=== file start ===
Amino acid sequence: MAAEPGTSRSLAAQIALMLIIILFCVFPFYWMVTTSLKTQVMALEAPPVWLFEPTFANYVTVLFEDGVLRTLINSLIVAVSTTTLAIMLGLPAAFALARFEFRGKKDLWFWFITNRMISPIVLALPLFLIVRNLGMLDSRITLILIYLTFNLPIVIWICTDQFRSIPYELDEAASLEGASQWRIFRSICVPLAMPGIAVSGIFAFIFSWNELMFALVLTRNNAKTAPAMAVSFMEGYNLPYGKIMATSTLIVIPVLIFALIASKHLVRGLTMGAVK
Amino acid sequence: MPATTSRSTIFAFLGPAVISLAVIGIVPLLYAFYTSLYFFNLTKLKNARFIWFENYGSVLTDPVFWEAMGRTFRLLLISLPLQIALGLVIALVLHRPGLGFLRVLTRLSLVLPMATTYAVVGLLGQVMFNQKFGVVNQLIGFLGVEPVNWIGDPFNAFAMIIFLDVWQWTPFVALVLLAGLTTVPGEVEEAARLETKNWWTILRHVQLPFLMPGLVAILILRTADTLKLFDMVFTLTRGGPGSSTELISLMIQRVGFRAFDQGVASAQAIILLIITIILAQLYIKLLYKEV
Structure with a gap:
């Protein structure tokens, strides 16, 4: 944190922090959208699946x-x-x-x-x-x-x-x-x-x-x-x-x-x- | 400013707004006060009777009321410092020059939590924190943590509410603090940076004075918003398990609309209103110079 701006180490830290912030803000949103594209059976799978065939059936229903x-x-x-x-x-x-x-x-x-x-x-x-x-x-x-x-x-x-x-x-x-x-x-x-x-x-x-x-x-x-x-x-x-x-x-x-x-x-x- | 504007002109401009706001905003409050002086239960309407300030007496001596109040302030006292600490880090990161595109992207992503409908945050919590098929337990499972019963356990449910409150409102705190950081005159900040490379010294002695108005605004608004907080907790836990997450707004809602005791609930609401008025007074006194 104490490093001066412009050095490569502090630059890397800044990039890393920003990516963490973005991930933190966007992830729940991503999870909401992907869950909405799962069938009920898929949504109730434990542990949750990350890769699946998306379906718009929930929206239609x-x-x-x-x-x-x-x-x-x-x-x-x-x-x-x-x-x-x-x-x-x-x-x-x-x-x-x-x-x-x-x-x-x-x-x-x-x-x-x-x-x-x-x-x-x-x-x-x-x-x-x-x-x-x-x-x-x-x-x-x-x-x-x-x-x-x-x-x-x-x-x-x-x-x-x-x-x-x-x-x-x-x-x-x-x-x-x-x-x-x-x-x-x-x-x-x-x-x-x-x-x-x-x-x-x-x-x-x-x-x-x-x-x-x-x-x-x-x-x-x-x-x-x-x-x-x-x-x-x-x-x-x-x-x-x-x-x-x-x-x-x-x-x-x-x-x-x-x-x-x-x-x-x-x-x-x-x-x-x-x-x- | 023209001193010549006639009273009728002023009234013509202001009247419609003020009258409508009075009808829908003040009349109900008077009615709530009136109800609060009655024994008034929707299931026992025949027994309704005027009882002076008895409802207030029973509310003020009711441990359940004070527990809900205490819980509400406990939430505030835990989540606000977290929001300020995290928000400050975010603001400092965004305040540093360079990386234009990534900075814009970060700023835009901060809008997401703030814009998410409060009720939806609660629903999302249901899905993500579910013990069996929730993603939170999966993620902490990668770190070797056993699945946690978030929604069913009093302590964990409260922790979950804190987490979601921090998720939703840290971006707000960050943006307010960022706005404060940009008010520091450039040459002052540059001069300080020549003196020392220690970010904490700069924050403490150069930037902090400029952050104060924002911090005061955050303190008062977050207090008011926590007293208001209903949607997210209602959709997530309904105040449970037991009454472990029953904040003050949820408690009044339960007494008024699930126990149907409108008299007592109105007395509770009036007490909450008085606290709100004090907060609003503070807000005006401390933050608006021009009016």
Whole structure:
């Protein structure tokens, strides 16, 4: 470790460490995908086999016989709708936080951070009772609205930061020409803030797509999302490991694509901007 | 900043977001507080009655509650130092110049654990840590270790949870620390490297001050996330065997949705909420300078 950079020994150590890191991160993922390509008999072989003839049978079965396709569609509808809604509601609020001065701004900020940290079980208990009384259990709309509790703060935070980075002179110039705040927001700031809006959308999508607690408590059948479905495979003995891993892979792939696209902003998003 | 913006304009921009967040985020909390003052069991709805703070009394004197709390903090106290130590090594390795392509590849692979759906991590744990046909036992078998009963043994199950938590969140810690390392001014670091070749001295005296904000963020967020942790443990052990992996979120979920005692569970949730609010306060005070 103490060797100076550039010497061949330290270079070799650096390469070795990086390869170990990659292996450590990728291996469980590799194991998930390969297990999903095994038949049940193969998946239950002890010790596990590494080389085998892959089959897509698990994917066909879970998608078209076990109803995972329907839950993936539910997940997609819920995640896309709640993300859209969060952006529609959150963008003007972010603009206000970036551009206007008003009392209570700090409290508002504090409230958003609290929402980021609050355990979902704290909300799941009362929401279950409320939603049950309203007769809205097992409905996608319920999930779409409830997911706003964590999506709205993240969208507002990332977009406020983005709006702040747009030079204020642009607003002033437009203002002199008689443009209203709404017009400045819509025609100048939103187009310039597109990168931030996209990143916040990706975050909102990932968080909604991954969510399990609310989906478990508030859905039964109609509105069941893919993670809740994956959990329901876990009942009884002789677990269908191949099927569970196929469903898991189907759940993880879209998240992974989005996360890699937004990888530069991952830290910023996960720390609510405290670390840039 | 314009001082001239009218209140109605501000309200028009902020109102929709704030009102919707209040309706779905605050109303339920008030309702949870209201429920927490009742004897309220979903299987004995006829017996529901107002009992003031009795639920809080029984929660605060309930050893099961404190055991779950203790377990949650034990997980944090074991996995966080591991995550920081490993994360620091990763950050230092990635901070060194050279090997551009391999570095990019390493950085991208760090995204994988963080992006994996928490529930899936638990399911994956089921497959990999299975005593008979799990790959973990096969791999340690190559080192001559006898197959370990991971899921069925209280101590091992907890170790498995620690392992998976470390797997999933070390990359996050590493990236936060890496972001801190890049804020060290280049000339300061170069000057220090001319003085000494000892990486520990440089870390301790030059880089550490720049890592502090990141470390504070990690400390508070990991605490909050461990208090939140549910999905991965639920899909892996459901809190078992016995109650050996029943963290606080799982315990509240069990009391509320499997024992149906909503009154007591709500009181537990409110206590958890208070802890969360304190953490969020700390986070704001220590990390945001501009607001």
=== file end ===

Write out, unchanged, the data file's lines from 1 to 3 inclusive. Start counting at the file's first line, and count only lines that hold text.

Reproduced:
Amino acid sequence: MAAEPGTSRSLAAQIALMLIIILFCVFPFYWMVTTSLKTQVMALEAPPVWLFEPTFANYVTVLFEDGVLRTLINSLIVAVSTTTLAIMLGLPAAFALARFEFRGKKDLWFWFITNRMISPIVLALPLFLIVRNLGMLDSRITLILIYLTFNLPIVIWICTDQFRSIPYELDEAASLEGASQWRIFRSICVPLAMPGIAVSGIFAFIFSWNELMFALVLTRNNAKTAPAMAVSFMEGYNLPYGKIMATSTLIVIPVLIFALIASKHLVRGLTMGAVK
Amino acid sequence: MPATTSRSTIFAFLGPAVISLAVIGIVPLLYAFYTSLYFFNLTKLKNARFIWFENYGSVLTDPVFWEAMGRTFRLLLISLPLQIALGLVIALVLHRPGLGFLRVLTRLSLVLPMATTYAVVGLLGQVMFNQKFGVVNQLIGFLGVEPVNWIGDPFNAFAMIIFLDVWQWTPFVALVLLAGLTTVPGEVEEAARLETKNWWTILRHVQLPFLMPGLVAILILRTADTLKLFDMVFTLTRGGPGSSTELISLMIQRVGFRAFDQGVASAQAIILLIITIILAQLYIKLLYKEV
Structure with a gap: